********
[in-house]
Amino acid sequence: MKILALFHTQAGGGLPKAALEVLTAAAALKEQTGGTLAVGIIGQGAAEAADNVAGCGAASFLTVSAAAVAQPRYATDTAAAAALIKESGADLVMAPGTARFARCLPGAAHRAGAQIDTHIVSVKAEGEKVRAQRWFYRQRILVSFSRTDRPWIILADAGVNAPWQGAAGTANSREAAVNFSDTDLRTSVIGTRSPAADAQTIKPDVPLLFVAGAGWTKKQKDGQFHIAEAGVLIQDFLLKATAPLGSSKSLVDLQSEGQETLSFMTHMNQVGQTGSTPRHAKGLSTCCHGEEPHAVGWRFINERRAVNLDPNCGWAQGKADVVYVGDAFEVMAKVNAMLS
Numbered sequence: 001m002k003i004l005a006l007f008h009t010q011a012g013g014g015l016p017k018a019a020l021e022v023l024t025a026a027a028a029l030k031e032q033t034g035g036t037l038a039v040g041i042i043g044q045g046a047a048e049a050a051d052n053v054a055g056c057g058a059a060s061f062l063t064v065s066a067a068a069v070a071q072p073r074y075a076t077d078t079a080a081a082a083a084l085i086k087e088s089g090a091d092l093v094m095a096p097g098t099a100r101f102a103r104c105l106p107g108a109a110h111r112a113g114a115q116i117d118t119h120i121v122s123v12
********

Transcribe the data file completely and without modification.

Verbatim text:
[in-house]
Amino acid sequence: MKILALFHTQAGGGLPKAALEVLTAAAALKEQTGGTLAVGIIGQGAAEAADNVAGCGAASFLTVSAAAVAQPRYATDTAAAAALIKESGADLVMAPGTARFARCLPGAAHRAGAQIDTHIVSVKAEGEKVRAQRWFYRQRILVSFSRTDRPWIILADAGVNAPWQGAAGTANSREAAVNFSDTDLRTSVIGTRSPAADAQTIKPDVPLLFVAGAGWTKKQKDGQFHIAEAGVLIQDFLLKATAPLGSSKSLVDLQSEGQETLSFMTHMNQVGQTGSTPRHAKGLSTCCHGEEPHAVGWRFINERRAVNLDPNCGWAQGKADVVYVGDAFEVMAKVNAMLS
Numbered sequence: 001m002k003i004l005a006l007f008h009t010q011a012g013g014g015l016p017k018a019a020l021e022v023l024t025a026a027a028a029l030k031e032q033t034g035g036t037l038a039v040g041i042i043g044q045g046a047a048e049a050a051d052n053v054a055g056c057g058a059a060s061f062l063t064v065s066a067a068a069v070a071q072p073r074y075a076t077d078t079a080a081a082a083a084l085i086k087e088s089g090a091d092l093v094m095a096p097g098t099a100r101f102a103r104c105l106p107g108a109a110h111r112a113g114a115q116i117d118t119h120i121v122s123v12